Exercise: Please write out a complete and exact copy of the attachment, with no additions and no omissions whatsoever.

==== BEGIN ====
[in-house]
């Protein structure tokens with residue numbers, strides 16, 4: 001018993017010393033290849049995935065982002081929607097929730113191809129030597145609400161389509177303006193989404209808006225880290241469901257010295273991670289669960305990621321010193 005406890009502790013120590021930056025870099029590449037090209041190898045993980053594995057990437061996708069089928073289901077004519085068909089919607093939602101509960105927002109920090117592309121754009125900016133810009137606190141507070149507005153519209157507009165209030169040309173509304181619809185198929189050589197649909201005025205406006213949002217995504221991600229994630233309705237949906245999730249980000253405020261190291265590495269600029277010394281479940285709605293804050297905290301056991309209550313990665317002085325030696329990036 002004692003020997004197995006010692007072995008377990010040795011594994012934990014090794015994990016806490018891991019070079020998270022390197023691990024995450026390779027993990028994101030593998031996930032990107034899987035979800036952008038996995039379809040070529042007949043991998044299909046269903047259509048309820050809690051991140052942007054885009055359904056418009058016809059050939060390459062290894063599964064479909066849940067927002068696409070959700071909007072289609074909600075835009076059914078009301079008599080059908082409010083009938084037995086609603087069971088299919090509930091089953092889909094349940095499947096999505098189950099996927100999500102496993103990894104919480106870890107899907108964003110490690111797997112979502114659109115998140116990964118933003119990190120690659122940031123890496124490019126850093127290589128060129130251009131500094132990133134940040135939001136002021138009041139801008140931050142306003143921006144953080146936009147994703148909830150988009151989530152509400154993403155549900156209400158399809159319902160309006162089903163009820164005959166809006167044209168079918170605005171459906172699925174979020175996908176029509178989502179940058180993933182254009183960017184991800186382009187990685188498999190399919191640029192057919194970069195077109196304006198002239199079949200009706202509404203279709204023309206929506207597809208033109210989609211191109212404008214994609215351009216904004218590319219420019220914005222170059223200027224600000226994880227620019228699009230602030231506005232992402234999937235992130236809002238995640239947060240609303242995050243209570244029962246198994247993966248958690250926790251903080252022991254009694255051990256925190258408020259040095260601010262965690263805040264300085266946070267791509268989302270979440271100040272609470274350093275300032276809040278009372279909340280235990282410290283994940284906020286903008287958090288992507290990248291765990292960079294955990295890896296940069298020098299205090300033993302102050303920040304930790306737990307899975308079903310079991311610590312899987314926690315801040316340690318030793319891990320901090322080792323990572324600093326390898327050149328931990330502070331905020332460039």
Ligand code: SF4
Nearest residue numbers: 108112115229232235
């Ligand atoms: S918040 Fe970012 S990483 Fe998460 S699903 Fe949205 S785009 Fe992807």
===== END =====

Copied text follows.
[in-house]
């Protein structure tokens with residue numbers, strides 16, 4: 001018993017010393033290849049995935065982002081929607097929730113191809129030597145609400161389509177303006193989404209808006225880290241469901257010295273991670289669960305990621321010193 005406890009502790013120590021930056025870099029590449037090209041190898045993980053594995057990437061996708069089928073289901077004519085068909089919607093939602101509960105927002109920090117592309121754009125900016133810009137606190141507070149507005153519209157507009165209030169040309173509304181619809185198929189050589197649909201005025205406006213949002217995504221991600229994630233309705237949906245999730249980000253405020261190291265590495269600029277010394281479940285709605293804050297905290301056991309209550313990665317002085325030696329990036 002004692003020997004197995006010692007072995008377990010040795011594994012934990014090794015994990016806490018891991019070079020998270022390197023691990024995450026390779027993990028994101030593998031996930032990107034899987035979800036952008038996995039379809040070529042007949043991998044299909046269903047259509048309820050809690051991140052942007054885009055359904056418009058016809059050939060390459062290894063599964064479909066849940067927002068696409070959700071909007072289609074909600075835009076059914078009301079008599080059908082409010083009938084037995086609603087069971088299919090509930091089953092889909094349940095499947096999505098189950099996927100999500102496993103990894104919480106870890107899907108964003110490690111797997112979502114659109115998140116990964118933003119990190120690659122940031123890496124490019126850093127290589128060129130251009131500094132990133134940040135939001136002021138009041139801008140931050142306003143921006144953080146936009147994703148909830150988009151989530152509400154993403155549900156209400158399809159319902160309006162089903163009820164005959166809006167044209168079918170605005171459906172699925174979020175996908176029509178989502179940058180993933182254009183960017184991800186382009187990685188498999190399919191640029192057919194970069195077109196304006198002239199079949200009706202509404203279709204023309206929506207597809208033109210989609211191109212404008214994609215351009216904004218590319219420019220914005222170059223200027224600000226994880227620019228699009230602030231506005232992402234999937235992130236809002238995640239947060240609303242995050243209570244029962246198994247993966248958690250926790251903080252022991254009694255051990256925190258408020259040095260601010262965690263805040264300085266946070267791509268989302270979440271100040272609470274350093275300032276809040278009372279909340280235990282410290283994940284906020286903008287958090288992507290990248291765990292960079294955990295890896296940069298020098299205090300033993302102050303920040304930790306737990307899975308079903310079991311610590312899987314926690315801040316340690318030793319891990320901090322080792323990572324600093326390898327050149328931990330502070331905020332460039």
Ligand code: SF4
Nearest residue numbers: 108112115229232235
């Ligand atoms: S918040 Fe970012 S990483 Fe998460 S699903 Fe949205 S785009 Fe992807």